Today’s Tidbits: October 4, 2017 — 60th Anniversary of the Space Age

Today’s Tidbits: October 4, 2017 — 60th Anniversary of the Space Age

Here are our tidbits for today, October 4, 2017:  recaps of an event celebrating the 60th anniversary of the Space Age and a congressional hearing on production of Pu-238 for NASA missions. Be sure to check our website for feature stories and follow us on Twitter (@SpcPlcyOnline) for more news and live tweeting of events.

The 60th Anniversary of the Space Age

Sixty years ago today, on October 4, 1957, the Soviet Union launched the world’s first artificial satellite, Sputnik, ushering in the Space Age.  Euronews, in cooperation with ESA, produced a really good 8 1/2 minute video summary of events at the time and what they’ve led to over the decades — with cooperation supplanting competition between the United States and Russia.

Asif Siddiqi, Fordham University, speaking at the Wilson Center, October 4, 2017. Screengrab.

Asif Siddiqi, author of the seminal book “Challenge to Apollo:  The Soviet Union and the Space Race,” has published the first of two parts of an article in The Space Review [] about what was going on in the Soviet space program in the years before the launch.  He also spoke at a panel organized by the Wilson Center in Washington, D.C. today on The Space Race and the Origins of the Space Age.

He makes the case that the “space race” began before Sputnik, not after it was launched.  In the 1954-1955 time period, the Soviet Union was focused on the development of intercontinental ballistic missiles (ICBMs), not space.  Soviet Chief Designer Sergey Korolev was trying to convince the Soviet leadership to use that technology for a space program. At the same time in the United States, Wernher von Braun was leading a team at the Army’s Redstone Arsenal developing U.S. ICBMs.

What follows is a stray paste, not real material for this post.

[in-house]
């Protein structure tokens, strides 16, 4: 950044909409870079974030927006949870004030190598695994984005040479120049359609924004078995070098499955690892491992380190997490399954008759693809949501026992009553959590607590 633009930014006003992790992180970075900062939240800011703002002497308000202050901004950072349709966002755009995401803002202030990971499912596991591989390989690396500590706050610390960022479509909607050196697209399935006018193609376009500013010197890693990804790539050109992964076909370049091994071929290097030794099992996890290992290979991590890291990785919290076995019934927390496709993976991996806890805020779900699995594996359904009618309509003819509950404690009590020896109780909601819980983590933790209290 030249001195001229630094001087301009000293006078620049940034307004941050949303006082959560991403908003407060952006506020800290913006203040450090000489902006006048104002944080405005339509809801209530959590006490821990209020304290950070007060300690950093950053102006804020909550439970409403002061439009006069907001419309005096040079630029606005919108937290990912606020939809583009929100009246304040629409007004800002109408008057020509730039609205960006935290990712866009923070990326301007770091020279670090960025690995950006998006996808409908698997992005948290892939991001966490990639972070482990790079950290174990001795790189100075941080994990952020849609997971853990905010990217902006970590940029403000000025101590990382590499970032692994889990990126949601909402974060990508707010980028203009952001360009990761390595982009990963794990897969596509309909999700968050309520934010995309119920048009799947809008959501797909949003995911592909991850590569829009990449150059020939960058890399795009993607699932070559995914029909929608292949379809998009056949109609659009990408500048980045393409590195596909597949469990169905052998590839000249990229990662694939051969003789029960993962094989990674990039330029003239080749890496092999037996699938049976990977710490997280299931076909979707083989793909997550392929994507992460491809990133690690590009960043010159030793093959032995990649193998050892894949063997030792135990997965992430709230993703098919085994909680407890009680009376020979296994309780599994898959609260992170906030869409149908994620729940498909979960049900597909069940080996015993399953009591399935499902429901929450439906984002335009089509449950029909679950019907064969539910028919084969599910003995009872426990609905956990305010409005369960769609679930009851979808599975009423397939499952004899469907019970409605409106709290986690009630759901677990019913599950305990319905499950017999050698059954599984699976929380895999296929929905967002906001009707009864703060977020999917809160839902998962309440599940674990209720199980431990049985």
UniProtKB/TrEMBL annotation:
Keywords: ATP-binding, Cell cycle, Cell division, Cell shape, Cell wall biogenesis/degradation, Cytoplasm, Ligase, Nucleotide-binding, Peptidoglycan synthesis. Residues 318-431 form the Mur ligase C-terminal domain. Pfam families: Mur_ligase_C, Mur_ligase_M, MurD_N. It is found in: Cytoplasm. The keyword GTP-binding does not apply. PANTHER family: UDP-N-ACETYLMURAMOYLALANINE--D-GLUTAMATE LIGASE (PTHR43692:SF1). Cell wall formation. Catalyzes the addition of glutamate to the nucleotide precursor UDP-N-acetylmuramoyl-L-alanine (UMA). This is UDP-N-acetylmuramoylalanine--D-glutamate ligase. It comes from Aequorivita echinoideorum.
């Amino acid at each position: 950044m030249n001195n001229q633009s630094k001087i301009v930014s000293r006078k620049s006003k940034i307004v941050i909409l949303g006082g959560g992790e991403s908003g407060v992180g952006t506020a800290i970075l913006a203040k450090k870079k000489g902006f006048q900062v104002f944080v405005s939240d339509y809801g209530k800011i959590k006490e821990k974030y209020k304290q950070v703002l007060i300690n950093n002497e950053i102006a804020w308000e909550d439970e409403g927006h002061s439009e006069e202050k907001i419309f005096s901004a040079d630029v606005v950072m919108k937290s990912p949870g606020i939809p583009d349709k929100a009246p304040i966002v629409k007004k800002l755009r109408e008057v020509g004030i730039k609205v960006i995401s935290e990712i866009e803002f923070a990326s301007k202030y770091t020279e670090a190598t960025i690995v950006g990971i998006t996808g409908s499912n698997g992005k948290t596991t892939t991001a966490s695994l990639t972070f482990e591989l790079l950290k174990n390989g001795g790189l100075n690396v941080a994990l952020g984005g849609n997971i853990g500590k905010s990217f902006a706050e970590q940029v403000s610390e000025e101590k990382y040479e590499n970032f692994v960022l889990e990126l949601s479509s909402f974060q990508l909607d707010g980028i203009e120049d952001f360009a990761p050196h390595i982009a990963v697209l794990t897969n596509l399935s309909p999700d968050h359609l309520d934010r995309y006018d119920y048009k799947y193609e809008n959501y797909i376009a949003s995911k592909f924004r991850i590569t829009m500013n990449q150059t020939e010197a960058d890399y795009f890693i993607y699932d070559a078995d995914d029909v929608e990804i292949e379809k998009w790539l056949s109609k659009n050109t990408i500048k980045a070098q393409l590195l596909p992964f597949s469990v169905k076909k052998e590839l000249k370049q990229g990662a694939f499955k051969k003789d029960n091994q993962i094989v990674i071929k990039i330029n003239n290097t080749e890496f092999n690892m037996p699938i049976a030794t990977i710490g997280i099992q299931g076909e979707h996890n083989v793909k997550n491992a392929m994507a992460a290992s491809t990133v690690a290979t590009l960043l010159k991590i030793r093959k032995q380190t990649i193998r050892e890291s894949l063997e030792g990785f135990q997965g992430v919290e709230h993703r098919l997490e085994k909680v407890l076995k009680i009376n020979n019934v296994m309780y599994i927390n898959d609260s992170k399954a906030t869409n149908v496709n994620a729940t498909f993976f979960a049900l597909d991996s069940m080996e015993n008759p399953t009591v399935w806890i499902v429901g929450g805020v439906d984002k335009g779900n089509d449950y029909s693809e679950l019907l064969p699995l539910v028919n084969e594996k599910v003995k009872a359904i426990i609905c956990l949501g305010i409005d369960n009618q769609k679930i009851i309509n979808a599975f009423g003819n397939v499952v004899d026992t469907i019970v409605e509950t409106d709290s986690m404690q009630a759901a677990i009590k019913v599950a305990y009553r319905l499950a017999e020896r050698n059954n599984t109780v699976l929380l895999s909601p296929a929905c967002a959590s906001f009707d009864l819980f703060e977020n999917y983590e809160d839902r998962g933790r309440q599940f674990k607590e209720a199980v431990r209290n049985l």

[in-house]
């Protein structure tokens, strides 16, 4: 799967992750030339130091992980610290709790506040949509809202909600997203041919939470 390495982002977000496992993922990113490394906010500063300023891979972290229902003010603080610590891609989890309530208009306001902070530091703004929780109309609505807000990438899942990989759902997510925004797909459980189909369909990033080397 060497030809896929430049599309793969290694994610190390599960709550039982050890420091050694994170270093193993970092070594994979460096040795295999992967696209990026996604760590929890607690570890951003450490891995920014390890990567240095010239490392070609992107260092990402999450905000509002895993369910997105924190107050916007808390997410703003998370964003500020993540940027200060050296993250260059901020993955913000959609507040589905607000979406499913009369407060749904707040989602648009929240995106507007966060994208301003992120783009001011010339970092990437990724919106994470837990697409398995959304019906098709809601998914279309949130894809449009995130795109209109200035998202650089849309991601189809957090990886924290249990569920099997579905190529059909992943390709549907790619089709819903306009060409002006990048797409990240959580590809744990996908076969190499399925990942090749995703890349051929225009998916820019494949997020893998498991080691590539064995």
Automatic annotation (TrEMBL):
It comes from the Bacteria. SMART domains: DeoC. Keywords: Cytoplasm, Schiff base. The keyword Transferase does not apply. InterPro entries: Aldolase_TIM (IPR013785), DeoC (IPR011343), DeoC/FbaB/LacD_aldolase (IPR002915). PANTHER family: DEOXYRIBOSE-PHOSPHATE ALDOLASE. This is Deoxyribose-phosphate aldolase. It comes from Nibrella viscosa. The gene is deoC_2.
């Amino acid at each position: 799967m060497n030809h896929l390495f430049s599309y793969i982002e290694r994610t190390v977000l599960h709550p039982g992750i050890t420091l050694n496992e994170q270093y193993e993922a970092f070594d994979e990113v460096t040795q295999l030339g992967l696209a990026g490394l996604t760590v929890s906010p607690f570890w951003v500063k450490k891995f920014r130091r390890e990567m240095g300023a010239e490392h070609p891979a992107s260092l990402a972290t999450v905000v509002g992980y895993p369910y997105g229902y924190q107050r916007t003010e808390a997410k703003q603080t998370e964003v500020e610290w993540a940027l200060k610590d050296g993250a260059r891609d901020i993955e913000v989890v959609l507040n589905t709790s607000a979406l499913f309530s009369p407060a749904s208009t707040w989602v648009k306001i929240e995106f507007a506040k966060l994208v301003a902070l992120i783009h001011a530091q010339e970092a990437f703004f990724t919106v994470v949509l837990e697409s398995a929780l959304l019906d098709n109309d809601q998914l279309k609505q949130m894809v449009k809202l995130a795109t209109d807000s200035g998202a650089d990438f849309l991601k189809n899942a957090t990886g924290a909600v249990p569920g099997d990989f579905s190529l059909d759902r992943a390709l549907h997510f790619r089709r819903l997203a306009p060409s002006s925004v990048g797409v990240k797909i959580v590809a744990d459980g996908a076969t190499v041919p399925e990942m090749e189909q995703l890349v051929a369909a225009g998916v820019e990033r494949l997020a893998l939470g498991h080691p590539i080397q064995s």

According to Siddiqi, Korolev convinced the Soviet media to publish articles about the future of space travel and creation of a commission to study interplanetary space, which got the attention of the U.S. CIA, which considered it evidence that the Soviets were getting ready to launch something into space, which led to the U.S. announcement in 1955 that we would launch a satellite as part of the 1957-1958 International Geophysical Year.  Korolev used the U.S. announcement to convince Soviet Premier Nikita Khrushchev and the Politburo to approve his use of an ICBM to place a satellite into space first.  Sputnik was the result.

Michael Neufeld from the National Air and Space Museum said that the American public did not immediately react with hysteria or shock as many believe.  The response was more gradual.  Only after the launch of Sputnik 2 in November carrying a dog (Laika) and the “humiliating” failure of the first U.S. space launch (Vanguard) in December did the public grow increasingly worried that the United States had fallen behind the Soviets technologically.

The rest, as they say, is history.  The United States won the space race by landing men on the Moon in 1969, although Siddiqi interjected that the Russians insist THEY won the space race because their goal post is who put the first man into space — that would be Yuri Gagarin, who made one orbit of the Earth on April 12, 1961.